Back in the late 1980s (dare I admit it?) when I attended high school, masculinity reigned. Maybe it had something to do with the fact that I attended an all-boy’s school, but the “butcher” you were the better. We as a student body revered our athletes—one of whom went on to reach major heights in the NBA—and admired and respected any guy who was muscular and masculine. It was a true sign of manhood.
Tolerance was not something we were concerned with or taught. You either fit in or you didn’t. Heavy guys were fat, unpopular guys were nerds, and any guy that didn’t conform to the mold of masculinity was a faggot. There was no class offered on tolerance, differences were not generally applauded, and race was not much of an issue either, considering 90 percent of the student body was white.
Gay kids like me often felt isolated. There was no place to turn for guidance, no role models to emulate, and certainly no gay/straight alliance or LGBT organization—like those that exist in metropolitan high schools today—to offer solace. But I survived, developed a solid circle of friends and, by senior year, all was well—even if I did have to hide my true identity.
Do I wish I could have come out in high school and lived an open and honest life? No, I don’t, because I’m certain it would not have been accepted. My high school experience would have been drastically different, with even more obstacles to overcome and opposition to face. But the fact that gay students today have an available network of resources such as gay/straight alliances and other school organizations that create an environment conducive to coming out is remarkable and represents enormous advances in society and our educational system. But I wonder, are we becoming too accepting, almost to a fault?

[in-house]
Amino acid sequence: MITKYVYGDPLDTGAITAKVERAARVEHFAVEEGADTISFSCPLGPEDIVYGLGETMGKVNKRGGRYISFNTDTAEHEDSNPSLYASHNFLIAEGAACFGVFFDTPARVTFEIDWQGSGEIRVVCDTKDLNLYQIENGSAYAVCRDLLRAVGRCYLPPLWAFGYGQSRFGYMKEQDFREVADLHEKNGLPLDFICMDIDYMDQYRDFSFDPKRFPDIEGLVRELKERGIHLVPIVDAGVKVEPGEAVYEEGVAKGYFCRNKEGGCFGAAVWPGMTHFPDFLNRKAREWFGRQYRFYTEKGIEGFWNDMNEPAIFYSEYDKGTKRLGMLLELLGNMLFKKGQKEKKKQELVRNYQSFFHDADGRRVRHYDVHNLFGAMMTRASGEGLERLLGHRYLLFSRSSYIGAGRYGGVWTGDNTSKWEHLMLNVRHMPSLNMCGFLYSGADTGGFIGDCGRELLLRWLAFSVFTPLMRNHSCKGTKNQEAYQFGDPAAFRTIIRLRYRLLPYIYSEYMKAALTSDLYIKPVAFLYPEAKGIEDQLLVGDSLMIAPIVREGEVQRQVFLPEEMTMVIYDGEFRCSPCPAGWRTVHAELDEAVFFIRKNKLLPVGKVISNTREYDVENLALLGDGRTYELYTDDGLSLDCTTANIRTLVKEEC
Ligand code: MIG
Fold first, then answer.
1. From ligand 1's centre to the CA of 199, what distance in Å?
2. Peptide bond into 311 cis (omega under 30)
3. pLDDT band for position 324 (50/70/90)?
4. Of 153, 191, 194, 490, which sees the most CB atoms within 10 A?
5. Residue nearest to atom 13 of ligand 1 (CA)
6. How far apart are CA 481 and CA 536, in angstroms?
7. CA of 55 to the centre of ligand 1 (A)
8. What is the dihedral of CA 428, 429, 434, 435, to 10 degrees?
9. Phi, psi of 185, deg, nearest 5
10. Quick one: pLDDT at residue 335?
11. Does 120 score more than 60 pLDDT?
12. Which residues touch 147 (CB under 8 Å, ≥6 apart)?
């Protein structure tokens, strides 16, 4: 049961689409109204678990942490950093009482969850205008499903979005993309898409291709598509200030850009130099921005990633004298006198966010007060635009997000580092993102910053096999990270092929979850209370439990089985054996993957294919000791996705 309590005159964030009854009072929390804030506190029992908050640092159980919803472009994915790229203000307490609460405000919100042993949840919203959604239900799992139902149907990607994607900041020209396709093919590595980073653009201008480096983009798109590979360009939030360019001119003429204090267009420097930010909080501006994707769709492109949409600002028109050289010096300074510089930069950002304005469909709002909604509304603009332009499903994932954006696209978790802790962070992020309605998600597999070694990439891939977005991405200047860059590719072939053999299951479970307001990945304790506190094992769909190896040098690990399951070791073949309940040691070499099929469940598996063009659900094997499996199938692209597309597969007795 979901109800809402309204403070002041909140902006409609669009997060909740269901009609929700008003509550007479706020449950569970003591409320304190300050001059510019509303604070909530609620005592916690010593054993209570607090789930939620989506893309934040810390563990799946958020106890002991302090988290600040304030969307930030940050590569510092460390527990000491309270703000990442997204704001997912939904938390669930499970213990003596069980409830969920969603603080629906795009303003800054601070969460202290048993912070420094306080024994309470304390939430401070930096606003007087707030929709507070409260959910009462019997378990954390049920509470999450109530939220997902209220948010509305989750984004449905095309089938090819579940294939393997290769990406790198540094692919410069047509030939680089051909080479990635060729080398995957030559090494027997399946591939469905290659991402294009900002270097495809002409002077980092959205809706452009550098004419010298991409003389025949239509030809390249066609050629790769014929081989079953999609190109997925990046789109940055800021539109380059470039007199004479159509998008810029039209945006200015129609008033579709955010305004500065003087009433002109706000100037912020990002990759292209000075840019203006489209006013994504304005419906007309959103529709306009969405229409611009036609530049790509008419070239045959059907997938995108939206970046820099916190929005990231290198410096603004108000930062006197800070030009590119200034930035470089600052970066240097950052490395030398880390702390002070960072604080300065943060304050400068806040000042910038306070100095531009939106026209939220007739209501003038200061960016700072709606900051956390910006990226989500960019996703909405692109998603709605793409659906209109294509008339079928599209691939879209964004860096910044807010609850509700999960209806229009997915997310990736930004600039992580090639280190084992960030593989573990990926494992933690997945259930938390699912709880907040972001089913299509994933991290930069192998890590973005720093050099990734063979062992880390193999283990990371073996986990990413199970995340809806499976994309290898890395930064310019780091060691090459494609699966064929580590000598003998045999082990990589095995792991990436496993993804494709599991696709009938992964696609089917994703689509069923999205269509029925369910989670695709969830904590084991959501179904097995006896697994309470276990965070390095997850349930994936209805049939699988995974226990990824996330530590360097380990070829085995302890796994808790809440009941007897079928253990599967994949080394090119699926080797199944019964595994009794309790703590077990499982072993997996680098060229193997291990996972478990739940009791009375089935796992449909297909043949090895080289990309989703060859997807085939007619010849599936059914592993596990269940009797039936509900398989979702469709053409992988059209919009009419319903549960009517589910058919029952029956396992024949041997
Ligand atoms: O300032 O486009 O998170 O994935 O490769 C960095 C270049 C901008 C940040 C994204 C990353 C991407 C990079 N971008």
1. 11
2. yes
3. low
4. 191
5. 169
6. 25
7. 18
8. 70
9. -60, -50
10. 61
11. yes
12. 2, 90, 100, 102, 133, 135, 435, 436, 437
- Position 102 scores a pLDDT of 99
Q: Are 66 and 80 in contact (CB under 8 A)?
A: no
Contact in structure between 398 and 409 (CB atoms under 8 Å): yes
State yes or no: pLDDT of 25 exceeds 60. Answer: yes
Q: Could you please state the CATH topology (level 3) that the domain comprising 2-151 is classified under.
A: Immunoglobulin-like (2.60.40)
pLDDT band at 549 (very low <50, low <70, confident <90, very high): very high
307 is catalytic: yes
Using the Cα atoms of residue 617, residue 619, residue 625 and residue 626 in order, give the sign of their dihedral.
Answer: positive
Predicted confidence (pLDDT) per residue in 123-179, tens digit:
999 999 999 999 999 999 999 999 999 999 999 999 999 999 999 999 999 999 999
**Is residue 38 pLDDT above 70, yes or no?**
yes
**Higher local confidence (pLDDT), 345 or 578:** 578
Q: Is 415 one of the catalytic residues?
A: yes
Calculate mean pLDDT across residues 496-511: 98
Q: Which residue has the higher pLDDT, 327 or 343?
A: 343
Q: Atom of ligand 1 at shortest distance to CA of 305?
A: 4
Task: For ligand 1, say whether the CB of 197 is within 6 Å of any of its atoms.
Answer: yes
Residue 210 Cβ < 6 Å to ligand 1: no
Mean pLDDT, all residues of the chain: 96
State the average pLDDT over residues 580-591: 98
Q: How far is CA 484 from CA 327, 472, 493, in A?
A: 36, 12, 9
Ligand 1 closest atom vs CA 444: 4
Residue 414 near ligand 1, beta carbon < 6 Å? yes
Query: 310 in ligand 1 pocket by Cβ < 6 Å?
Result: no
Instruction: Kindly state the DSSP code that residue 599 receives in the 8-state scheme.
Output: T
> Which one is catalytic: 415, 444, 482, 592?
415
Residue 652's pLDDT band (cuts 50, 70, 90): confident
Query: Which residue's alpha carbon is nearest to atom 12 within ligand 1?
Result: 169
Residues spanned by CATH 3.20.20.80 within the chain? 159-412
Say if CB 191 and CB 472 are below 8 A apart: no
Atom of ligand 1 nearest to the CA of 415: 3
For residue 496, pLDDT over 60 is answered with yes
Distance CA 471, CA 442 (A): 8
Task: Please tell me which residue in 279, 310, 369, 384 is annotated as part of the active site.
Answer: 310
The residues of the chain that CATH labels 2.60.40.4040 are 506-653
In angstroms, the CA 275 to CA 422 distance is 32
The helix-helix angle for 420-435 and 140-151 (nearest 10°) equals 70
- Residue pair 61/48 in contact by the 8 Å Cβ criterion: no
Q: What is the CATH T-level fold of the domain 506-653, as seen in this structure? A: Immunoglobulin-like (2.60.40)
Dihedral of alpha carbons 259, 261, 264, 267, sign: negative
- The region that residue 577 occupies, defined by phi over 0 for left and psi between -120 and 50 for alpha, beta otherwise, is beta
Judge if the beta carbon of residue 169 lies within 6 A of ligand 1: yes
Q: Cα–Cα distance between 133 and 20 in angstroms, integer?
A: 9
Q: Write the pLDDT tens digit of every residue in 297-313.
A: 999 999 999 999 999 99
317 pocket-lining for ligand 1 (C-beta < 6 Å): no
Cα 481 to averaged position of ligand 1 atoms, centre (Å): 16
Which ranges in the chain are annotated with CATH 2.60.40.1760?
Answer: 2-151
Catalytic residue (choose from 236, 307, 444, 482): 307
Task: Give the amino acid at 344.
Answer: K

Take for example, 18-year-old openly gay senior, Sergio Garcia of Fairfax High School. Garcia wanted to be a part of his school’s prom court—not as prom king, but as prom queen. He ran against a handful of female students and, after his peers voted, was shockingly crowned prom queen. In a recent Los Angeles Times article, he was quoted as saying he “felt invincible.” Fellow students expressed what incredible progress this was—a gay student no longer ridiculed by his classmates, but revered and awarded the honor of prom queen. Gender bending is hip with the lines of masculinity and femininity becoming blurred. But is this really the progress we as a gay community want? Did this unconventional act move us forward or just drag us backwards?
Traditionally, the role of prom queen has been synonymous with the female gender and the role of prom king synonymous with the male gender. But because Garcia is gay, this places him in the feminine role? Are we expected to accept and align “gay” with “girl”? I’m sorry, but this is not progress. Had Garcia been crowned prom king that would have been progressive.
Having an openly gay man earn the title of prom king and stand proudly in front of his peers would indeed represent true growth and a huge stride forward for gay teenagers across the nation. It would boldly redefine what it truly means to represent the traditionally “masculine” or “butch” role and solidly confirm that one’s manhood or supposed lack thereof is not defined by his sexuality. But crowning this young man as the prom “queen” only conveys the wrong message, one that accepts and perpetuates an archaic stereotype of homosexuality and reinforces an inaccurate portrayal of gay men as feminine, girlie caricatures.
I’ll be honest—I never had a desire to be prom king, but if I did, I’m certain I would never have received that title, simply because I was gay. I’m incredibly proud and thankful that a young man like Sergio Garcia is growing up in a much more accepting society, and that today’s teenagers comprehend that being gay is not abnormal or offensive. But by crowning this young man queen we are not only doing him a terrible disservice, but the entire gay community as well. And I certainly don’t want this “queen” representing me or my lifestyle. For once, let’s not settle for the term “queen,” but rather continue to fight to be “kings.”